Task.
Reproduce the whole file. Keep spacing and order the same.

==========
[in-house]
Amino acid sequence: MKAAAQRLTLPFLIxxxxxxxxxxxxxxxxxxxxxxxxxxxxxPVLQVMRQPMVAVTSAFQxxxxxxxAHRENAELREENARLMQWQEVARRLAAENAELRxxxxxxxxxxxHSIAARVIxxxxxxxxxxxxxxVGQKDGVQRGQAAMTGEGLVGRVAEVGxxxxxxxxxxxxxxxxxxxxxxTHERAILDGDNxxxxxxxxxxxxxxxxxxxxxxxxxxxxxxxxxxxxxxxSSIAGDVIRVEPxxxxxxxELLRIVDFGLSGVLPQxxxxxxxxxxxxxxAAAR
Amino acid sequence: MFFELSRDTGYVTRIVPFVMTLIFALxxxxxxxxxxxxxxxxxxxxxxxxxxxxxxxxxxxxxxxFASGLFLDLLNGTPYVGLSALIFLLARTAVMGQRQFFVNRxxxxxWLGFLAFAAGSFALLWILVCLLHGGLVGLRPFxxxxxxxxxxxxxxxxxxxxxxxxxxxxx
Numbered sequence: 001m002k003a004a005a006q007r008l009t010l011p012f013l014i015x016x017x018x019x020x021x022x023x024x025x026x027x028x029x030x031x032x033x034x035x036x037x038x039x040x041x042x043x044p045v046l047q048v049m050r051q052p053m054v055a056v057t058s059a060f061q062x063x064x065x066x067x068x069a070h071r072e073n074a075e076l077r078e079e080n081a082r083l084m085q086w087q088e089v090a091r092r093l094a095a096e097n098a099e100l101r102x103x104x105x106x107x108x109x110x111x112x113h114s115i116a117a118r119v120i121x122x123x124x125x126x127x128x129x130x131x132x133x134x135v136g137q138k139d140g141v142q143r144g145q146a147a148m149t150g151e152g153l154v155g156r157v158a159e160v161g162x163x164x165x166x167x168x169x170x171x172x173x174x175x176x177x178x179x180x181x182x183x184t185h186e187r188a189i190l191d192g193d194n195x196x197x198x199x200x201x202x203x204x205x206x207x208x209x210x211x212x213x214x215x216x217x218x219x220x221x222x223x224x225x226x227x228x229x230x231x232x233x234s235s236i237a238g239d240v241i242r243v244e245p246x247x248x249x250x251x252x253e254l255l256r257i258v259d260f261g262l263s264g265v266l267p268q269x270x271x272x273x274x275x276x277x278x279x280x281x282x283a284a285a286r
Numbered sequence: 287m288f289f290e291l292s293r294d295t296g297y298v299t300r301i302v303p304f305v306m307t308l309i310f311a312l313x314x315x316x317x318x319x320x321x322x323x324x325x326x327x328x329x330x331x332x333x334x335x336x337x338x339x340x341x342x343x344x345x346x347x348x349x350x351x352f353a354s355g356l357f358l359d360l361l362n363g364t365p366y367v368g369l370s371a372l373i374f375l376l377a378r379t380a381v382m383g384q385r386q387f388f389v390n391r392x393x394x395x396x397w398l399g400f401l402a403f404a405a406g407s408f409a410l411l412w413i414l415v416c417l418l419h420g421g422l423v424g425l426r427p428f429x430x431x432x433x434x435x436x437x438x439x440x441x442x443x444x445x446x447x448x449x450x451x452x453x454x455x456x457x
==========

[in-house]
Amino acid sequence: MKAAAQRLTLPFLIxxxxxxxxxxxxxxxxxxxxxxxxxxxxxPVLQVMRQPMVAVTSAFQxxxxxxxAHRENAELREENARLMQWQEVARRLAAENAELRxxxxxxxxxxxHSIAARVIxxxxxxxxxxxxxxVGQKDGVQRGQAAMTGEGLVGRVAEVGxxxxxxxxxxxxxxxxxxxxxxTHERAILDGDNxxxxxxxxxxxxxxxxxxxxxxxxxxxxxxxxxxxxxxxSSIAGDVIRVEPxxxxxxxELLRIVDFGLSGVLPQxxxxxxxxxxxxxxAAAR
Amino acid sequence: MFFELSRDTGYVTRIVPFVMTLIFALxxxxxxxxxxxxxxxxxxxxxxxxxxxxxxxxxxxxxxxFASGLFLDLLNGTPYVGLSALIFLLARTAVMGQRQFFVNRxxxxxWLGFLAFAAGSFALLWILVCLLHGGLVGLRPFxxxxxxxxxxxxxxxxxxxxxxxxxxxxx
Numbered sequence: 001m002k003a004a005a006q007r008l009t010l011p012f013l014i015x016x017x018x019x020x021x022x023x024x025x026x027x028x029x030x031x032x033x034x035x036x037x038x039x040x041x042x043x044p045v046l047q048v049m050r051q052p053m054v055a056v057t058s059a060f061q062x063x064x065x066x067x068x069a070h071r072e073n074a075e076l077r078e079e080n081a082r083l084m085q086w087q088e089v090a091r092r093l094a095a096e097n098a099e100l101r102x103x104x105x106x107x108x109x110x111x112x113h114s115i116a117a118r119v120i121x122x123x124x125x126x127x128x129x130x131x132x133x134x135v136g137q138k139d140g141v142q143r144g145q146a147a148m149t150g151e152g153l154v155g156r157v158a159e160v161g162x163x164x165x166x167x168x169x170x171x172x173x174x175x176x177x178x179x180x181x182x183x184t185h186e187r188a189i190l191d192g193d194n195x196x197x198x199x200x201x202x203x204x205x206x207x208x209x210x211x212x213x214x215x216x217x218x219x220x221x222x223x224x225x226x227x228x229x230x231x232x233x234s235s236i237a238g239d240v241i242r243v244e245p246x247x248x249x250x251x252x253e254l255l256r257i258v259d260f261g262l263s264g265v266l267p268q269x270x271x272x273x274x275x276x277x278x279x280x281x282x283a284a285a286r
Numbered sequence: 287m288f289f290e291l292s293r294d295t296g297y298v299t300r301i302v303p304f305v306m307t308l309i310f311a312l313x314x315x316x317x318x319x320x321x322x323x324x325x326x327x328x329x330x331x332x333x334x335x336x337x338x339x340x341x342x343x344x345x346x347x348x349x350x351x352f353a354s355g356l357f358l359d360l361l362n363g364t365p366y367v368g369l370s371a372l373i374f375l376l377a378r379t380a381v382m383g384q385r386q387f388f389v390n391r392x393x394x395x396x397w398l399g400f401l402a403f404a405a406g407s408f409a410l411l412w413i414l415v416c417l418l419h420g421g422l423v424g425l426r427p428f429x430x431x432x433x434x435x436x437x438x439x440x441x442x443x444x445x446x447x448x449x450x451x452x453x454x455x456x457x